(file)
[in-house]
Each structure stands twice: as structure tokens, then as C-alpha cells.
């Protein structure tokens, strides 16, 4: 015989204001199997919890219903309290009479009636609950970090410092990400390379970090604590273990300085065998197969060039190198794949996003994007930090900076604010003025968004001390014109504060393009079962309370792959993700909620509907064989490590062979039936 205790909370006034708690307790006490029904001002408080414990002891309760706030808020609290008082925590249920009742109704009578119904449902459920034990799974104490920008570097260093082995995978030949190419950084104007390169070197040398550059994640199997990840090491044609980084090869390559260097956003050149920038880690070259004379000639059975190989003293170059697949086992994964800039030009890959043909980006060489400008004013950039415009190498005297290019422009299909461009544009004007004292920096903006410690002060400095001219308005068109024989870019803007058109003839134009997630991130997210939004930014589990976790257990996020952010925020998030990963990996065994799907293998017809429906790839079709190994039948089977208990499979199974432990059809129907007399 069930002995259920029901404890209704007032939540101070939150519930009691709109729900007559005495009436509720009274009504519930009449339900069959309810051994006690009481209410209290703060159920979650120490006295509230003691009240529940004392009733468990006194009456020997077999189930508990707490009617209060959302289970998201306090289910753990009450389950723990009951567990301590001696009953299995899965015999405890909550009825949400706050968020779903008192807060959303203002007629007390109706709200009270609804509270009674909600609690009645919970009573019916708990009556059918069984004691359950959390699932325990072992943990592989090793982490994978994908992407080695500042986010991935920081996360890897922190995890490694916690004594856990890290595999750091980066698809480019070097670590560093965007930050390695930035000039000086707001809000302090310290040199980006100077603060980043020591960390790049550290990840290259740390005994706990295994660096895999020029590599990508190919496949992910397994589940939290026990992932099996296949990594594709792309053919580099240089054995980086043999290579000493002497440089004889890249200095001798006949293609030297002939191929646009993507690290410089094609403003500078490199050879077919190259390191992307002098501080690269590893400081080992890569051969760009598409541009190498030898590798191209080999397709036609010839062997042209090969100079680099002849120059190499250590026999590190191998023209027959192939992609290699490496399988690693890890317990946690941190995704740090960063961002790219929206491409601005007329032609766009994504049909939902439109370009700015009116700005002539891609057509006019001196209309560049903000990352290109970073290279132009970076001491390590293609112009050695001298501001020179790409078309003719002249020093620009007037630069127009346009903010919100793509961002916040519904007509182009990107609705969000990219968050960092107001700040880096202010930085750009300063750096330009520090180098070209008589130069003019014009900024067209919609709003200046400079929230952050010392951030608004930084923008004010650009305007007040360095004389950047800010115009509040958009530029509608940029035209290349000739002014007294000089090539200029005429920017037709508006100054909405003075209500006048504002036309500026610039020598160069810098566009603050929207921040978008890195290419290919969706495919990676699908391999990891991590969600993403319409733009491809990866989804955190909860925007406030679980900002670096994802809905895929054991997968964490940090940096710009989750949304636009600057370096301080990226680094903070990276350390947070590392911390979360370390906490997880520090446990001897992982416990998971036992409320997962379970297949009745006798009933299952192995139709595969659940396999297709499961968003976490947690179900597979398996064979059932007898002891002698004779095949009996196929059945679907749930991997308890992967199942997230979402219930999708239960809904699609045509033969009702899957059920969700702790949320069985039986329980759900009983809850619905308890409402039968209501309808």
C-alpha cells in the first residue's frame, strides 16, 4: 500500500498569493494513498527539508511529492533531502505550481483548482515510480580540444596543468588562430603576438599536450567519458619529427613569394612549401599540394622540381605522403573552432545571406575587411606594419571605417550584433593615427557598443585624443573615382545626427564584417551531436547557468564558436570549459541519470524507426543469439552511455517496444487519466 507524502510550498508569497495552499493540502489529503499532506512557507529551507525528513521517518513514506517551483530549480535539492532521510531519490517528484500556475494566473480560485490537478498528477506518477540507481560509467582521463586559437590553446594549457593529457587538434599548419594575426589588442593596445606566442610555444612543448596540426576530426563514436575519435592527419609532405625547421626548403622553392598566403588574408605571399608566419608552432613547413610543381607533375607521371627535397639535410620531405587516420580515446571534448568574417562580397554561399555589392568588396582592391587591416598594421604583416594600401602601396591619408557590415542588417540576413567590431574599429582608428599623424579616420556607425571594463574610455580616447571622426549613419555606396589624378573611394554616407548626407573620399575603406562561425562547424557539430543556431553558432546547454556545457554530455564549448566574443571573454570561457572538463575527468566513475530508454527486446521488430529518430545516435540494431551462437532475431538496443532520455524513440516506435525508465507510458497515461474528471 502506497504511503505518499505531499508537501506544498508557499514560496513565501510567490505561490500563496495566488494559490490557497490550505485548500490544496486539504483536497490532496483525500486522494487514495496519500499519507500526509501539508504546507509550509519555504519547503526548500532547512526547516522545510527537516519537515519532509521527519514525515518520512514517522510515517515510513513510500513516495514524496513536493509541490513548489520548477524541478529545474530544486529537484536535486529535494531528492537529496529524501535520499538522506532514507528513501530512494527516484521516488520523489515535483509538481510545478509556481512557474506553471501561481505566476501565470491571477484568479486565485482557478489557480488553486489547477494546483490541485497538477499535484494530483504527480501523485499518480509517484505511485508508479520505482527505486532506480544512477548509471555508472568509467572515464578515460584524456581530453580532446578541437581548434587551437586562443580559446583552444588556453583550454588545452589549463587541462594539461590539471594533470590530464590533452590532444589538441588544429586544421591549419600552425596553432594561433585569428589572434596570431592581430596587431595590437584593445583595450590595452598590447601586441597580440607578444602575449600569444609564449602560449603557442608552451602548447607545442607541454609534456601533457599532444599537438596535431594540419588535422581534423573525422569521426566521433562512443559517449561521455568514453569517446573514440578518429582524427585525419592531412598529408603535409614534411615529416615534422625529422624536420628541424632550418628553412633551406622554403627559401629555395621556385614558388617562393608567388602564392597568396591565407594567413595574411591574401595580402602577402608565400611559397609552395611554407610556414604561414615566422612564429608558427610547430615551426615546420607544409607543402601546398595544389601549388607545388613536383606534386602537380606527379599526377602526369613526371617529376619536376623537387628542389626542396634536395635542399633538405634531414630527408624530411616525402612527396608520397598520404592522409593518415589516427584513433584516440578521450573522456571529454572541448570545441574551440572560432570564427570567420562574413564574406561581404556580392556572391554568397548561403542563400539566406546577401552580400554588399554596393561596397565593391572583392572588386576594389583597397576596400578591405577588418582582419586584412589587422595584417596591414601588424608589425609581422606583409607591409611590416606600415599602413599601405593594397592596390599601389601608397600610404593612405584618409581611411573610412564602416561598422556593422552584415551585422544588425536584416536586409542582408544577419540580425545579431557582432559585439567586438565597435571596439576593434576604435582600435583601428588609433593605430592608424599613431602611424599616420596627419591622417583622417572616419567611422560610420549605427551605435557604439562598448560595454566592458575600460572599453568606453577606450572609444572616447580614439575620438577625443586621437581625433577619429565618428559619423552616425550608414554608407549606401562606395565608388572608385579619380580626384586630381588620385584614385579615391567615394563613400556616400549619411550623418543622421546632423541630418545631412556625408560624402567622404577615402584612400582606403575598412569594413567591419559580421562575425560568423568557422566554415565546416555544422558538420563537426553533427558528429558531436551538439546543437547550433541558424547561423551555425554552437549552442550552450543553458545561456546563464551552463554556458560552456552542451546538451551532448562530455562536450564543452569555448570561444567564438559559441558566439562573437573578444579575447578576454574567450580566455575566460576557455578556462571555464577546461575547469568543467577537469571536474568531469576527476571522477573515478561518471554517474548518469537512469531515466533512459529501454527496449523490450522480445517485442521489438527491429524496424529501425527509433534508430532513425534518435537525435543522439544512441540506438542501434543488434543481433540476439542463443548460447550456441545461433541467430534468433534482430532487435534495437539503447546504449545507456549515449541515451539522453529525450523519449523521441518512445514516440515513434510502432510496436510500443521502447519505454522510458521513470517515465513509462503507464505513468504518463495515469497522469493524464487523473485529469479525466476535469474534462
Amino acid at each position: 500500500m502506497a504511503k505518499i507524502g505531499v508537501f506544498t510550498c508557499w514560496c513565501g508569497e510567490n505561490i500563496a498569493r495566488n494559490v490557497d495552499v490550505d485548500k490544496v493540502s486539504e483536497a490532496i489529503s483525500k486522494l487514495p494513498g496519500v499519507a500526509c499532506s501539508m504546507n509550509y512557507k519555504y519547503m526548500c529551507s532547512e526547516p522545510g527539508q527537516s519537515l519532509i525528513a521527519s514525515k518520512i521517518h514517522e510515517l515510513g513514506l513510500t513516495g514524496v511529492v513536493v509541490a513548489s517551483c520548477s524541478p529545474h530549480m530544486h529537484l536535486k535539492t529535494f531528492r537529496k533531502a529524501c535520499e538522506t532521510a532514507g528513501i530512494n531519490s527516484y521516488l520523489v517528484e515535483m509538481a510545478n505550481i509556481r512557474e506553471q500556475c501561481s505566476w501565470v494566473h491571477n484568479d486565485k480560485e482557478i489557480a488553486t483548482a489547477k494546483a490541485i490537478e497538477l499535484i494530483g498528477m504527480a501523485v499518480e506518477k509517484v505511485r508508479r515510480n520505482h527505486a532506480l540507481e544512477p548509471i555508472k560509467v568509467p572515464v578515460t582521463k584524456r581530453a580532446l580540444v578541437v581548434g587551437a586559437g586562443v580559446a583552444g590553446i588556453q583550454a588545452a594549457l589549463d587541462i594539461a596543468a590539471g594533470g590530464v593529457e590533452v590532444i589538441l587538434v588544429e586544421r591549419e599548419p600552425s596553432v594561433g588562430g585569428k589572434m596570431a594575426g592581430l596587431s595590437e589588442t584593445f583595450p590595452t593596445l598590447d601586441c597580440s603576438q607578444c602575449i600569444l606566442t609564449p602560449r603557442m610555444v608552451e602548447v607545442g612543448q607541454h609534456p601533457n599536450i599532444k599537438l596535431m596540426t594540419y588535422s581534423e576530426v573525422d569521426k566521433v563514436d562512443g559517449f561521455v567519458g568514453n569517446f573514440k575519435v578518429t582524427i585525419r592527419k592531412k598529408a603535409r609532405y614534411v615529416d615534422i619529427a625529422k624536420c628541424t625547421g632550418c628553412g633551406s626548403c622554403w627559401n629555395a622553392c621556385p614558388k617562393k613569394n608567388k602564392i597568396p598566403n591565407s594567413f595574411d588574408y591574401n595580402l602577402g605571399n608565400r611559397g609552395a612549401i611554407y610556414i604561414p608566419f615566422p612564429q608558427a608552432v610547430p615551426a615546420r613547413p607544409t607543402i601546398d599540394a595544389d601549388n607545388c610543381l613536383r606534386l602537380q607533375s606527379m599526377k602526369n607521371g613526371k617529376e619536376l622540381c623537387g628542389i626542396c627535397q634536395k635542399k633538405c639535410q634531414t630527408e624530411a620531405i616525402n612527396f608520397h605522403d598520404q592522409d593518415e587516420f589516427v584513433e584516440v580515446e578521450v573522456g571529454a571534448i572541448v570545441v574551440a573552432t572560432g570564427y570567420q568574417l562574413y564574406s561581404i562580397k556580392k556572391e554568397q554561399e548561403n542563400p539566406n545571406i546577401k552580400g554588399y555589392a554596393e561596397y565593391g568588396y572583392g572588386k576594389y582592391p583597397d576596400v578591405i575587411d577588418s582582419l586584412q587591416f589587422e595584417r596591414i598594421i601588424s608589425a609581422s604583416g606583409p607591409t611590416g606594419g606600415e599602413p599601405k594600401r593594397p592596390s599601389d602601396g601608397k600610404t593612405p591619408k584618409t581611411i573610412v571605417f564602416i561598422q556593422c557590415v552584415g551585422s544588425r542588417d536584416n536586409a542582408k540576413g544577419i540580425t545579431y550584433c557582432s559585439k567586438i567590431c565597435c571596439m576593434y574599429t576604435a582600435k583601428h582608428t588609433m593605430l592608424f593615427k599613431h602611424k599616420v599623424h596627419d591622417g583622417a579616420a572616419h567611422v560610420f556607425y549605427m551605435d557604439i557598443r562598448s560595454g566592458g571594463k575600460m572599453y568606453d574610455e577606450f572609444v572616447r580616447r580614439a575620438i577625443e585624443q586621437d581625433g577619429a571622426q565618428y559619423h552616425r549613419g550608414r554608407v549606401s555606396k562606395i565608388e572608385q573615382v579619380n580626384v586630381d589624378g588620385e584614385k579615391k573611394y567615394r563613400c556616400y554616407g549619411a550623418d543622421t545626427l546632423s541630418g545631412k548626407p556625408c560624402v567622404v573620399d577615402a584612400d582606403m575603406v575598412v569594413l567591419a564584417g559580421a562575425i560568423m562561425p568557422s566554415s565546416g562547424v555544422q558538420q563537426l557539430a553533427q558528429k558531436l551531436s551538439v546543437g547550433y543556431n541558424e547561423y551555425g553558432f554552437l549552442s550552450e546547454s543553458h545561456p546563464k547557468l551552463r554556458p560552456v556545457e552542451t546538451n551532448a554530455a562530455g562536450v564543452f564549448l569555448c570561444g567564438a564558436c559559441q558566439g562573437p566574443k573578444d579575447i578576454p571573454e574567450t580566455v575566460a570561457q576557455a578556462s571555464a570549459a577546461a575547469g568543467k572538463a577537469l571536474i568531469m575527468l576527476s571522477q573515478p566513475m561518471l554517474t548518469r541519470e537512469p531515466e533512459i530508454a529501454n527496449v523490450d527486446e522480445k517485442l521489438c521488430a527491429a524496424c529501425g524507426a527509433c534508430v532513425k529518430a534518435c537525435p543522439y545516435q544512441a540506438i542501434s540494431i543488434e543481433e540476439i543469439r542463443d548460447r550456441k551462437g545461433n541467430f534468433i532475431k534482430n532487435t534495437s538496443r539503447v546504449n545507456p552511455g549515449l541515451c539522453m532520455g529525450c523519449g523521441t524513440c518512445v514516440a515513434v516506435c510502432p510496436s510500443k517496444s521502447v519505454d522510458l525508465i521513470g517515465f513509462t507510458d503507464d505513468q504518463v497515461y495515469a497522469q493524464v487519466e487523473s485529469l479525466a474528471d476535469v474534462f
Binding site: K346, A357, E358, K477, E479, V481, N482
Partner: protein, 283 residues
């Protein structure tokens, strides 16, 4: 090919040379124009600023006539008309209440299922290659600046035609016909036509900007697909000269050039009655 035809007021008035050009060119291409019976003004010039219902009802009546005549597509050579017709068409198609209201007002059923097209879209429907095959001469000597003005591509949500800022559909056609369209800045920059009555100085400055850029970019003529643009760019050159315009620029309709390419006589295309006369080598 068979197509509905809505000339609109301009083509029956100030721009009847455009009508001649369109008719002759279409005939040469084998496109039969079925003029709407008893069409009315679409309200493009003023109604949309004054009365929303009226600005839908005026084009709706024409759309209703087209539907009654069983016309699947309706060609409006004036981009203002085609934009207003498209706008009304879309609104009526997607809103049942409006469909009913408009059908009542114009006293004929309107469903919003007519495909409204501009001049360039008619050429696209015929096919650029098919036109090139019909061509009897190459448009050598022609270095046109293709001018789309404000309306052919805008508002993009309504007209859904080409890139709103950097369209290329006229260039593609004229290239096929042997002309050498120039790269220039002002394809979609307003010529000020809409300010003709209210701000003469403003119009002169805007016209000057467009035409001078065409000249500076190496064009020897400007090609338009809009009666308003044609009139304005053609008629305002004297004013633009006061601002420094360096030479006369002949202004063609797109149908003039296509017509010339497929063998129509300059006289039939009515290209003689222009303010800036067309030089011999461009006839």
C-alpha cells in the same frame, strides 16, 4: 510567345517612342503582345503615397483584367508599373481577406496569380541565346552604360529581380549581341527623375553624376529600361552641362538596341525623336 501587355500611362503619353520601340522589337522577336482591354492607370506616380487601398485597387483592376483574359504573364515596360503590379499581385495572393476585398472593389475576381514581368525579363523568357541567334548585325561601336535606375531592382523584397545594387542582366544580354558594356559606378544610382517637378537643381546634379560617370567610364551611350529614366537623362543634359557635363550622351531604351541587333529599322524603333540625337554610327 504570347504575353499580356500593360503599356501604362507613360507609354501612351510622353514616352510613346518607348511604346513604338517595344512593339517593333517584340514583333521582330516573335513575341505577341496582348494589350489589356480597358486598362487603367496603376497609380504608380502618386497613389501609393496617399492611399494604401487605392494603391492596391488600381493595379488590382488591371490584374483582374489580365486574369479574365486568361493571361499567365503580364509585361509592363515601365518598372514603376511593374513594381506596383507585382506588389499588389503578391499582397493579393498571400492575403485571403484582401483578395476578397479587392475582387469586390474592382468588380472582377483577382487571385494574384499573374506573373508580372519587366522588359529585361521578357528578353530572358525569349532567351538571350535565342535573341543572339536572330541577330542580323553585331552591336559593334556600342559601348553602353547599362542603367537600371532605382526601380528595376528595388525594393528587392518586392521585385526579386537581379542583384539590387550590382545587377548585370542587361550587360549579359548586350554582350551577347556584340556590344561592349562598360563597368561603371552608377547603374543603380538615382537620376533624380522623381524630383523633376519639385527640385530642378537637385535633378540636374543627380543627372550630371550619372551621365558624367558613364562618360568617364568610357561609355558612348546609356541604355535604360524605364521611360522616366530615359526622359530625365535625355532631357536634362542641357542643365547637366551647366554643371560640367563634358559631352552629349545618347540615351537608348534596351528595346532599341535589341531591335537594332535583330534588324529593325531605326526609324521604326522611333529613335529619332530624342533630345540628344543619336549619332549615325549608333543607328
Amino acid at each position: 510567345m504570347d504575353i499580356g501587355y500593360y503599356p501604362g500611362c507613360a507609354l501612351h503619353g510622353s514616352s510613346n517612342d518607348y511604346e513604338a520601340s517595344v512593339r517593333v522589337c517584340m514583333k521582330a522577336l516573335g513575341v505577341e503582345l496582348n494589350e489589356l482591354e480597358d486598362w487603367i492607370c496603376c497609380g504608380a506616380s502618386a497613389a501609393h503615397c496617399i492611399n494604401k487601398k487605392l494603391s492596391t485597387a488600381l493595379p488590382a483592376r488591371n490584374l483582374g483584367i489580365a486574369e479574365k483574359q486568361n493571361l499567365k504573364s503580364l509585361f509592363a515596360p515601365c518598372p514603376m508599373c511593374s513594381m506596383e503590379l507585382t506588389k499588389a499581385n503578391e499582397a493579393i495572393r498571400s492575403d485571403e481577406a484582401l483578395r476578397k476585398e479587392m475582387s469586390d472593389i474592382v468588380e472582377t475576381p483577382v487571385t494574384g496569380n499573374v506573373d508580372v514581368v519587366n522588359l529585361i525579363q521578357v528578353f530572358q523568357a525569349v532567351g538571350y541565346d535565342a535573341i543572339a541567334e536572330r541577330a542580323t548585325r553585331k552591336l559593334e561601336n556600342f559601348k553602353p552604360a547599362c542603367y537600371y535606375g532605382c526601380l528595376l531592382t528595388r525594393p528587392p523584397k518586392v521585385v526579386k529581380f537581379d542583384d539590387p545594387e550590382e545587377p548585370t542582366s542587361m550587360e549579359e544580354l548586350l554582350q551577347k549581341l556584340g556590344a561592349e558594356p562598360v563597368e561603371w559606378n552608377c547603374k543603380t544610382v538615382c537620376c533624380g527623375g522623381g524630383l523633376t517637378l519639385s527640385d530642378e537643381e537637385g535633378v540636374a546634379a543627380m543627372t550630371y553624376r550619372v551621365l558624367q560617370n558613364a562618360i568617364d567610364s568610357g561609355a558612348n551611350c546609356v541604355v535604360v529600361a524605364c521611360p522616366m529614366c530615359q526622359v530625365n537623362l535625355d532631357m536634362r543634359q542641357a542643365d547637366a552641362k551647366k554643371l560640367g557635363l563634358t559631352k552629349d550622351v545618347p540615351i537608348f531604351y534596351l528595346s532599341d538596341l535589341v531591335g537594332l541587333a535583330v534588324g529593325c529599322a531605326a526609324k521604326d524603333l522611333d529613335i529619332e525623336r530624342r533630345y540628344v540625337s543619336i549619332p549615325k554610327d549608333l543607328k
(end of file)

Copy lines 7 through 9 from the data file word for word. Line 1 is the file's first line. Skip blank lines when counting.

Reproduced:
Partner: protein, 283 residues
């Protein structure tokens, strides 16, 4: 090919040379124009600023006539008309209440299922290659600046035609016909036509900007697909000269050039009655 035809007021008035050009060119291409019976003004010039219902009802009546005549597509050579017709068409198609209201007002059923097209879209429907095959001469000597003005591509949500800022559909056609369209800045920059009555100085400055850029970019003529643009760019050159315009620029309709390419006589295309006369080598 068979197509509905809505000339609109301009083509029956100030721009009847455009009508001649369109008719002759279409005939040469084998496109039969079925003029709407008893069409009315679409309200493009003023109604949309004054009365929303009226600005839908005026084009709706024409759309209703087209539907009654069983016309699947309706060609409006004036981009203002085609934009207003498209706008009304879309609104009526997607809103049942409006469909009913408009059908009542114009006293004929309107469903919003007519495909409204501009001049360039008619050429696209015929096919650029098919036109090139019909061509009897190459448009050598022609270095046109293709001018789309404000309306052919805008508002993009309504007209859904080409890139709103950097369209290329006229260039593609004229290239096929042997002309050498120039790269220039002002394809979609307003010529000020809409300010003709209210701000003469403003119009002169805007016209000057467009035409001078065409000249500076190496064009020897400007090609338009809009009666308003044609009139304005053609008629305002004297004013633009006061601002420094360096030479006369002949202004063609797109149908003039296509017509010339497929063998129509300059006289039939009515290209003689222009303010800036067309030089011999461009006839």
C-alpha cells in the same frame, strides 16, 4: 510567345517612342503582345503615397483584367508599373481577406496569380541565346552604360529581380549581341527623375553624376529600361552641362538596341525623336 501587355500611362503619353520601340522589337522577336482591354492607370506616380487601398485597387483592376483574359504573364515596360503590379499581385495572393476585398472593389475576381514581368525579363523568357541567334548585325561601336535606375531592382523584397545594387542582366544580354558594356559606378544610382517637378537643381546634379560617370567610364551611350529614366537623362543634359557635363550622351531604351541587333529599322524603333540625337554610327 504570347504575353499580356500593360503599356501604362507613360507609354501612351510622353514616352510613346518607348511604346513604338517595344512593339517593333517584340514583333521582330516573335513575341505577341496582348494589350489589356480597358486598362487603367496603376497609380504608380502618386497613389501609393496617399492611399494604401487605392494603391492596391488600381493595379488590382488591371490584374483582374489580365486574369479574365486568361493571361499567365503580364509585361509592363515601365518598372514603376511593374513594381506596383507585382506588389499588389503578391499582397493579393498571400492575403485571403484582401483578395476578397479587392475582387469586390474592382468588380472582377483577382487571385494574384499573374506573373508580372519587366522588359529585361521578357528578353530572358525569349532567351538571350535565342535573341543572339536572330541577330542580323553585331552591336559593334556600342559601348553602353547599362542603367537600371532605382526601380528595376528595388525594393528587392518586392521585385526579386537581379542583384539590387550590382545587377548585370542587361550587360549579359548586350554582350551577347556584340556590344561592349562598360563597368561603371552608377547603374543603380538615382537620376533624380522623381524630383523633376519639385527640385530642378537637385535633378540636374543627380543627372550630371550619372551621365558624367558613364562618360568617364568610357561609355558612348546609356541604355535604360524605364521611360522616366530615359526622359530625365535625355532631357536634362542641357542643365547637366551647366554643371560640367563634358559631352552629349545618347540615351537608348534596351528595346532599341535589341531591335537594332535583330534588324529593325531605326526609324521604326522611333529613335529619332530624342533630345540628344543619336549619332549615325549608333543607328